Parliament, politics and anti-politics

meg_russell_2000x2500.jpgThis week, the Constitution Unit and UK in a Changing Europe publish a new report, Parliament and Brexit, which contains expert analysis how parliament has handled Brexit in the near four-year period since the 2016 referendum victory for the Leave campaign. It also includes discussion of parliament’s future scrutiny functions, as Brexit continues to take shape in increasingly difficult political times. In this, the first excerpt from the report to appear on our blog, Unit Director Meg Russell outlines how the tussle between parliament and government over Brexit harmed the former’s reputation, to the detriment of our parliamentary democracy.

Parliament sits at the heart of the UK’s democracy, with core functions of holding the government to account, scrutinising and legitimising its actions. Through local representation and the representation of political parties, it links citizens to the key political decisions that are taken in their name.

In all democracies parliaments are central – it’s impossible to be a democracy without a parliament. But this centrality is particularly so in the UK, for two fundamental reasons. First, as a ‘parliamentary’ (rather than presidential) democracy the government ultimately depends on the confidence of the House of Commons for its survival. Second, the UK puts the principle of ‘parliamentary sovereignty’ at the core of its constitution (as discussed in Barnard and Young’s contribution to the report). Challenges to the authority of parliament are thus challenges to UK democracy, and potentially to our constitution itself. Yet such challenges occurred, increasingly, during the Brexit process.

That process saw unprecedented levels of conflict between government and parliament, and perceived conflicts between ‘parliament and people’, precipitated by a unique chain of events. The 2016 referendum handed voters the in-principle decision over the UK’s membership of the EU, at a time when most MPs supported Remain (see contributions in the report from Philip Lynch and Richard Whitaker). This already promised tensions, given that parliament and government were left to navigate the more detailed questions about the form that Brexit should take. The Conservatives were highly divided on Brexit, while most Labour MPs instinctively opposed it. Delivering such a controversial policy with the narrow parliamentary majority that Theresa May inherited from David Cameron looked risky, so she gambled on a general election in 2017 to improve matters; but this resulted in an even weaker minority government. Her authority was undermined, and parliament more divided than before. Continue reading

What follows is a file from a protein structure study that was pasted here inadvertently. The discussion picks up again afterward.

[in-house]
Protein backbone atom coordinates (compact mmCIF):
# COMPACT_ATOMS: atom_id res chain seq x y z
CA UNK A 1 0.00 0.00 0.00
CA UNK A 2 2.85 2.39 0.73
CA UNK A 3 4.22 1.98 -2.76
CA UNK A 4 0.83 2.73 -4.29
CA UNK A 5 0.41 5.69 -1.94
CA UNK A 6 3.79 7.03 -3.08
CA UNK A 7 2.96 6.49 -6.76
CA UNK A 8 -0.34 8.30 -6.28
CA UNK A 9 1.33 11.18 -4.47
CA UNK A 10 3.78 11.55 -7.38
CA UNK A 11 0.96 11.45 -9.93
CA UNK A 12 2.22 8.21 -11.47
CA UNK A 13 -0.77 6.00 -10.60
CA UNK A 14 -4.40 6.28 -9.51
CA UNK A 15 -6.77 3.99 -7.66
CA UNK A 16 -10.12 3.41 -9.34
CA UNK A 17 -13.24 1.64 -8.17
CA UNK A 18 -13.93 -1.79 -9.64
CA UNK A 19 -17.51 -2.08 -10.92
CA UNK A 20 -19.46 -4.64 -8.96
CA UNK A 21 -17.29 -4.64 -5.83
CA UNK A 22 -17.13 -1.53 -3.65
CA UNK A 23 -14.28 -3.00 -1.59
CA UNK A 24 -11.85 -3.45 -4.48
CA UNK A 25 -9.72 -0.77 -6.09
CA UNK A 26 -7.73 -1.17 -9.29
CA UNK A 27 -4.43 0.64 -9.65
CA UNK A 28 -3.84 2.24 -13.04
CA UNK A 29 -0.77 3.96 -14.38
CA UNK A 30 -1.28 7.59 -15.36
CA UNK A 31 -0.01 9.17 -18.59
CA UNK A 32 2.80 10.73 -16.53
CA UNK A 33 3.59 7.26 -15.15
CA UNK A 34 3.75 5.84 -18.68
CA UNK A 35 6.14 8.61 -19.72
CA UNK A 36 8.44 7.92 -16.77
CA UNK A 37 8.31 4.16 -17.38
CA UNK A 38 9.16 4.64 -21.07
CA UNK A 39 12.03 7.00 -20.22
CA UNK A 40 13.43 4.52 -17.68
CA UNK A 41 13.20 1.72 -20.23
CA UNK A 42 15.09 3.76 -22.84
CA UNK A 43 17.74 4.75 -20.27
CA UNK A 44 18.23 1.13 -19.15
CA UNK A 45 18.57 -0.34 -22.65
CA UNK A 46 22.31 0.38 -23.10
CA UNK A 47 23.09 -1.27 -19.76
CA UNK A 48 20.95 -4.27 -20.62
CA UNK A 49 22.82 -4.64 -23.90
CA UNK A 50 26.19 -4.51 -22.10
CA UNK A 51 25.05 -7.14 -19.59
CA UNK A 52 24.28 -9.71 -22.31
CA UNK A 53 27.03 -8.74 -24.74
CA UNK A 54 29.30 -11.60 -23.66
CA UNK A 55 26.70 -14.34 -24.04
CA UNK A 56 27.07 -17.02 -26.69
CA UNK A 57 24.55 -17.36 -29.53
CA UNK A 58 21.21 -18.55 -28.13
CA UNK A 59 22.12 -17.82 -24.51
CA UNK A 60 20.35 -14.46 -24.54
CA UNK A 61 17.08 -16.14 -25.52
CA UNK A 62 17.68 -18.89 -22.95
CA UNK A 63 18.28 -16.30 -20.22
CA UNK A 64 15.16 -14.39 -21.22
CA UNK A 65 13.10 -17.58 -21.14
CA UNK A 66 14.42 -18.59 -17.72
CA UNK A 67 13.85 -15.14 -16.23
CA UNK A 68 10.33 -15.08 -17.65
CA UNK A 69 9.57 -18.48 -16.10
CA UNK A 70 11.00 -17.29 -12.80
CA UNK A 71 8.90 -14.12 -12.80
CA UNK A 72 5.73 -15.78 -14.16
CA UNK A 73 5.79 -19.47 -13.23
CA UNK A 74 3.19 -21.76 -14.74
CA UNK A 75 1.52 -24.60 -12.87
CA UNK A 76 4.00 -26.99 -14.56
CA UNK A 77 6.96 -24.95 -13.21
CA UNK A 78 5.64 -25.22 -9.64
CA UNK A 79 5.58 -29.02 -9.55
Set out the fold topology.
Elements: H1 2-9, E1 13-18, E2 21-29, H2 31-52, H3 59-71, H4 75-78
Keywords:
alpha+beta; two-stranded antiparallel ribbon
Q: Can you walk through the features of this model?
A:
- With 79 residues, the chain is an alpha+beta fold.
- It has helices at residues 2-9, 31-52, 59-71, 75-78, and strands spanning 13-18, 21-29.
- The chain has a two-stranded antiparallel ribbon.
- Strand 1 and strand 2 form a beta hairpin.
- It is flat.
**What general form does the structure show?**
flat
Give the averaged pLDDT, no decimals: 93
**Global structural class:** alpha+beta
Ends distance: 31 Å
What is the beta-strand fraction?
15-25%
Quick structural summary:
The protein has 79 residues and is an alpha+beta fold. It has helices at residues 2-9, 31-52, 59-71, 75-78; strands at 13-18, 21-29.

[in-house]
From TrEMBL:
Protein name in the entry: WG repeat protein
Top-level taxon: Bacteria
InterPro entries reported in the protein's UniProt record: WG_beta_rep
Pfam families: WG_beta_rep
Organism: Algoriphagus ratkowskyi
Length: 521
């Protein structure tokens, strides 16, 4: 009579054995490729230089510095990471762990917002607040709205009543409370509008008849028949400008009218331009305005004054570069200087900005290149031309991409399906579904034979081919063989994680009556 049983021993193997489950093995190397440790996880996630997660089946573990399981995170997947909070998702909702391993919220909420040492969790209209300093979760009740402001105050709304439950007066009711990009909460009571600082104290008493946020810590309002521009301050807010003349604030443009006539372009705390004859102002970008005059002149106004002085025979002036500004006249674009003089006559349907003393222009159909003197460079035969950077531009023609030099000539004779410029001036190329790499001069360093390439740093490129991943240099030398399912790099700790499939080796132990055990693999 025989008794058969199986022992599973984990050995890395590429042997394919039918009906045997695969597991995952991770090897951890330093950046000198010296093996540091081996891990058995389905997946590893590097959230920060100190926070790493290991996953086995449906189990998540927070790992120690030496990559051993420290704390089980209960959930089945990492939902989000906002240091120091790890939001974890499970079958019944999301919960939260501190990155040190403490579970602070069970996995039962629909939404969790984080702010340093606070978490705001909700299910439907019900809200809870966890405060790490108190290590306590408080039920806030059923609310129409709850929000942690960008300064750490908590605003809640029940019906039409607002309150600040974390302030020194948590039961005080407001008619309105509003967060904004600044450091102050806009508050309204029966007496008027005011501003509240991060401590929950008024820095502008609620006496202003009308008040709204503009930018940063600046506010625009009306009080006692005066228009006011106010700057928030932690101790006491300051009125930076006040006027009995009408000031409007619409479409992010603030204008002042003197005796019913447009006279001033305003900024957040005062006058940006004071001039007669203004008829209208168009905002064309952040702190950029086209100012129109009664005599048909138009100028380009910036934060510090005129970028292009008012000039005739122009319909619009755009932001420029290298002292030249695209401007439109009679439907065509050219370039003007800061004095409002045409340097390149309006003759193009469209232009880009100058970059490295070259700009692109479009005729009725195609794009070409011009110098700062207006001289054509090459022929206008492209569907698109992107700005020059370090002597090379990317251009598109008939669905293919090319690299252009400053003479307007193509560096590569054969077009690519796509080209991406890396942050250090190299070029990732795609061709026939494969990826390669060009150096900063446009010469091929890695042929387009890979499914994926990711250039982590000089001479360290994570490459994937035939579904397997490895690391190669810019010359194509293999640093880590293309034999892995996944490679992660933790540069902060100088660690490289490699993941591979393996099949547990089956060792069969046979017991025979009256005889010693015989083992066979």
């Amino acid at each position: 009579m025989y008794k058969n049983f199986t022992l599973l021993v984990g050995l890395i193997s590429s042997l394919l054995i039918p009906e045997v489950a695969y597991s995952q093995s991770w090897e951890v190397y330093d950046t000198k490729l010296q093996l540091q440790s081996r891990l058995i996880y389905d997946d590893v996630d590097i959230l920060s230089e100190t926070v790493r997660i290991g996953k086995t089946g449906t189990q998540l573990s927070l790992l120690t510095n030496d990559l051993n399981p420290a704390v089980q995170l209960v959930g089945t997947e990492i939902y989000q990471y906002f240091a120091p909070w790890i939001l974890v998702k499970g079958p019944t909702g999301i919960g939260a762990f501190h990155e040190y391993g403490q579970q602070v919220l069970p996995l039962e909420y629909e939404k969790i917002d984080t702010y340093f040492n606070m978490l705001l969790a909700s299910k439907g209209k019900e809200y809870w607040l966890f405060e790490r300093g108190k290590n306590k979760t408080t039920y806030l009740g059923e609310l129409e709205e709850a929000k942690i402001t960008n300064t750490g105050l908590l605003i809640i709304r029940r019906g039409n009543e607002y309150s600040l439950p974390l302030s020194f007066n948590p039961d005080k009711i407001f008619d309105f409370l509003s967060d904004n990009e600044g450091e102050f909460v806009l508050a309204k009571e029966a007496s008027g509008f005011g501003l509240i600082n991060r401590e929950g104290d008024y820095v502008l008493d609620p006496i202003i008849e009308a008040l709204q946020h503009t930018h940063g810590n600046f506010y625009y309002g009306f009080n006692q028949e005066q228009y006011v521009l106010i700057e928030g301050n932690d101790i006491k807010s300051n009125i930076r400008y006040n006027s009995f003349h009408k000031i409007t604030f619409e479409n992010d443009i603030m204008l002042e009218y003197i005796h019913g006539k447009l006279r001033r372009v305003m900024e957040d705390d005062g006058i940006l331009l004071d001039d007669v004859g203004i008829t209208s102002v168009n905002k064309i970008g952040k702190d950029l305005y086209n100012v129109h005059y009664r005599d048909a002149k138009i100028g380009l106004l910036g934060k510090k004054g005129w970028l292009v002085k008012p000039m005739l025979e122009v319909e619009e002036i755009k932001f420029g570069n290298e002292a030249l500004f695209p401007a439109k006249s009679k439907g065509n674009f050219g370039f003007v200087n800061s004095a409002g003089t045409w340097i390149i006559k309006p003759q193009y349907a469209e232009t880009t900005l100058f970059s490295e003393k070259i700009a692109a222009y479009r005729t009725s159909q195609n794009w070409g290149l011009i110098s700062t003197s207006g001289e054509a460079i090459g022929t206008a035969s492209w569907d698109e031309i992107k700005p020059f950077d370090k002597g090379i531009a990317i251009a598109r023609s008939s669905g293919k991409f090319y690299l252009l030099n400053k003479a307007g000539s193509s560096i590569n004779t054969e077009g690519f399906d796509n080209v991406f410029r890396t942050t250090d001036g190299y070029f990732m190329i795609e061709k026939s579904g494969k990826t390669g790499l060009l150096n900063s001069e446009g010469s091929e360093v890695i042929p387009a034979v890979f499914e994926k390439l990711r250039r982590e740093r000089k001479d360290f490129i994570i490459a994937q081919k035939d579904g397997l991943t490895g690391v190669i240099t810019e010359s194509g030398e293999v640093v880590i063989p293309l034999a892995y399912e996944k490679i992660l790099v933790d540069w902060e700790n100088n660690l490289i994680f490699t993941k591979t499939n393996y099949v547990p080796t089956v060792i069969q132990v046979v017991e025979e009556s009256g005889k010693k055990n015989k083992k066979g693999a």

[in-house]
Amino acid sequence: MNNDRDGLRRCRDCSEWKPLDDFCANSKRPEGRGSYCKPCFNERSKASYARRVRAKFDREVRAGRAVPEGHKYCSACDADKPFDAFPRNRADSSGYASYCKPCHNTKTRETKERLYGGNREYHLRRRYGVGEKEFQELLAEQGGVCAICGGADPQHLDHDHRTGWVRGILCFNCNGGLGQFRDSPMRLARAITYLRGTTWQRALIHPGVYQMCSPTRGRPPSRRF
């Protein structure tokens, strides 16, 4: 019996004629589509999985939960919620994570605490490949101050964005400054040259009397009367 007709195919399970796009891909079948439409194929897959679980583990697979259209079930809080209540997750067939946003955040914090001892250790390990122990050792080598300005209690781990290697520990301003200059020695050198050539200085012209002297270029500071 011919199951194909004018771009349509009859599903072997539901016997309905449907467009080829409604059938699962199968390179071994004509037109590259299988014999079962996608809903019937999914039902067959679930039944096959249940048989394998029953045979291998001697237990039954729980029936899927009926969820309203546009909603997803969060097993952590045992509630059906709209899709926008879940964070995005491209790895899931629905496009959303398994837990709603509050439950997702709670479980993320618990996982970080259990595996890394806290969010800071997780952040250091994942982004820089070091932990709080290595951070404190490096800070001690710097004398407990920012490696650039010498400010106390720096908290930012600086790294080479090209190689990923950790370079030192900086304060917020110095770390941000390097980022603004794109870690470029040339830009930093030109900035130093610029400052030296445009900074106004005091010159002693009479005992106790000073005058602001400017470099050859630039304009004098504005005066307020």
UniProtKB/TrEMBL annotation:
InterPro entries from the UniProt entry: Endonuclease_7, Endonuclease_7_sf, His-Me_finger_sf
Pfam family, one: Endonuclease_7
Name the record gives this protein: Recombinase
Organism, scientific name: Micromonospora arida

Has parliament just got boring? Five conclusions from the passage of the EU Withdrawal Agreement Act

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The 2019 parliament has passed its first statute: the European Union (Withdrawal Agreement) Act 2020. Unusually for a major constitutional bill it was approved unamended. Does this demonstrate the shape of things to come, with an enfeebled parliament under Johnson’s majority government? Lisa James and Meg Russell argue that the WAB was not a typical bill, and the circumstances were far from normal. Even under majority government parliament is far from powerless, and the full dynamics of the new situation may take some time to play out.

1. The Act passed easily – but the circumstances were unusual

The EU (Withdrawal Agreement) Act 2020 (the WAA or – before it gained Royal Assent – the WAB) passed with remarkable ease and speed. A 100-page bill implementing the Withdrawal Agreement, it was packed with detailed provisions on everything from citizens’ rights to the operation of the Joint Committee. Nonetheless, following just 11 days’ scrutiny, it passed wholly unamended: five government defeats in the Lords were swiftly overturned when the Bill returned to the Commons.

Comparison with a key previous piece of Brexit legislation – illustrated in the table below – shows how uneventful the WAB’s passage was in relative terms. The EU (Withdrawal) Act 2018 was similar in scope and complexity, but had a far rockier passage. During 36 days’ scrutiny the government was defeated 16 times, including a rare defeat in the Commons. By the time it passed, it had been so heavily amended – by backbenchers, opposition parliamentarians and ministers themselves – that it was 63% longer than when first introduced.

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Why the new Speaker may not always be able to play a straight bat

NGQojaZG_400x400 (1)On 4 November, the House of Commons elected Lindsay Hoyle to serve as Speaker, following the resignation of John Bercow. It has been treated as accepted wisdom that a different approach to the Speakership is called for. However, Bercow has taken decisions about the Commons’ handling of Brexit in circumstances where several – or all – of the available choices were potentially controversial. Jack Simson Caird argues that his successor might therefore find that trying to ‘play a straight bat’ is not as easy or appropriate as it might appear.